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John Suchet plays a track from his featured album at 10:15am every weekday.
John Brunning plays a track from his featured album after 6pm every weekday.
On 5th January 2017, the Italian Maestro Maurizio Pollini commemorated his 75th birthday, and what better time to look back on a world career that has made him one of the most admired artist personalities of the present and begin the year of jubilee with exquisite works by Frédéric Chopin.
One of the highlights of the album is the gently flowing Barcarolle, as well as the six Mazurkas and three Waltzes, a first time recording for Pollini. In addition to the lyrical pieces, the album features the Mazurka in F sharp minor and the increasingly delirious Polonaise-Fantasy in A flat major and draws to a close with the two more intimate Nocturnes.
The flute is everyone’s favourite, isn’t it, invariably burbling away like a garrulous friend.
Given that, it’s surprising how little known Mozart’s flute music is. The Concerto for Flute and Harp is popular, but his two Flute Concertos aren’t really. Nor are the delicious Quartets for flute and string trio recorded here by the delightful Lisa Friend, as bubbly as her instrument, and three members of the Brodsky Quartet.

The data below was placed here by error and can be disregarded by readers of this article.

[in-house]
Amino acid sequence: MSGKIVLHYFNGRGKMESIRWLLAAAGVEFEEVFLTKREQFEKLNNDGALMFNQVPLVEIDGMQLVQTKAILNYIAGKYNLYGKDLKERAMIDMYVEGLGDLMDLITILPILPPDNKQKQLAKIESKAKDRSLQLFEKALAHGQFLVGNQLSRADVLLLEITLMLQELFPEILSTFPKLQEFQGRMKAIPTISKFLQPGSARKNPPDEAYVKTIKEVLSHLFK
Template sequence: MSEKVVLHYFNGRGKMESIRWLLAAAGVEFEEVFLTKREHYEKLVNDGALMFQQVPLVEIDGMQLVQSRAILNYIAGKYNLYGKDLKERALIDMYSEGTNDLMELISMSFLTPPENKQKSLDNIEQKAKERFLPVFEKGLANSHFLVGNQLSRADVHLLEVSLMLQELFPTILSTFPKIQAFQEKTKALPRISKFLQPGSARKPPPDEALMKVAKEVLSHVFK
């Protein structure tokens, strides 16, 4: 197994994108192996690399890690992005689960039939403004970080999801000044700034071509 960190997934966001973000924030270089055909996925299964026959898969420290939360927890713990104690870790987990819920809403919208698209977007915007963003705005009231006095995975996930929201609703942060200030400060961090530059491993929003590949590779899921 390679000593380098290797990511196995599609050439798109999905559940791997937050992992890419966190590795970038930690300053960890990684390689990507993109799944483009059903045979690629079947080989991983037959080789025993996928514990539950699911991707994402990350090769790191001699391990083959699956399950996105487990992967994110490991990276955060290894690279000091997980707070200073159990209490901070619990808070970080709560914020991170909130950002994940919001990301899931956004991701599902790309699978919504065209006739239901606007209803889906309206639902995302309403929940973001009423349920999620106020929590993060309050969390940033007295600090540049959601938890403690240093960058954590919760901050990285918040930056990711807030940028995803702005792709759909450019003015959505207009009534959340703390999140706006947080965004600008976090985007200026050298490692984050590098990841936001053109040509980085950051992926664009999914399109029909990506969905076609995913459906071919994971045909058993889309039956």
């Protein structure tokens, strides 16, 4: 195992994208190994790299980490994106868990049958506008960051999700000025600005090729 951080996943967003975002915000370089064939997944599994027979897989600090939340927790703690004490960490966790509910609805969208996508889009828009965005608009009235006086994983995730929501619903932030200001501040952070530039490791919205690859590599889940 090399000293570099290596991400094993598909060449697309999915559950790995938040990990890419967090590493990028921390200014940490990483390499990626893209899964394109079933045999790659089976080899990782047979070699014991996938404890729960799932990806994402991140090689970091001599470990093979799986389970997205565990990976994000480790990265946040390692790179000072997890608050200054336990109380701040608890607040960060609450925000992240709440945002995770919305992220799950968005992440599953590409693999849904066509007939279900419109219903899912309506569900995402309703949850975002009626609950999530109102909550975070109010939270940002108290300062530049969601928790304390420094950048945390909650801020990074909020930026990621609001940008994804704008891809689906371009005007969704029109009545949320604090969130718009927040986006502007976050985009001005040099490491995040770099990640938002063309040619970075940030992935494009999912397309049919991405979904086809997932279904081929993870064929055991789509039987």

This is happy music that makes few demands, and will bring a smile to your face. And it’s hard to imagine them better done than they are here in excellent sound.
The Canadian James Ehnes is one of the finest violinists of today, and he has just issued on the artist-led label Onyx, a 2CD set lasting 145 minutes, featuring the five Violin Concertos Mozart wrote in his teens, with two rondos and an adagio included as a substantial, 20 minute, makeweight.
These recordings were set down in Canada in 2005, but have never before been issued here. The sound is good, and the playing of Ehnes and his band better than good.
My only regret is that Mozart’s masterpiece for violin and orchestra, the Sinfonia Concertante for violin and viola wasn’t included.
John Eliot Gardiner is best known, of course, for his work with original instrument bands, but he also has an excellent track record as a conductor of full symphony orchestras.
He adds to that reputation here with an excellent account of the complete incidental music to A Midsummer Night’s Dream recorded at the Barbican last February.
The Overture is an astonishing piece of work for a boy in his mid-teens. Invited by the Kaiser almost two decades later to write some complete incidental music, Mendelssohn complied with some delightful stuff, including a delicious Nocturne, and the ever popular Wedding March.
I suppose it’s a bit of a back handed compliment to suggest, that all this music sounds as if it was written at the same time. Because there is an implied suggestion that Mendelssohn did not develop as much as he should have done, from the young genius who in his teens, wrote better music than Mozart. But that is actually the truth of it.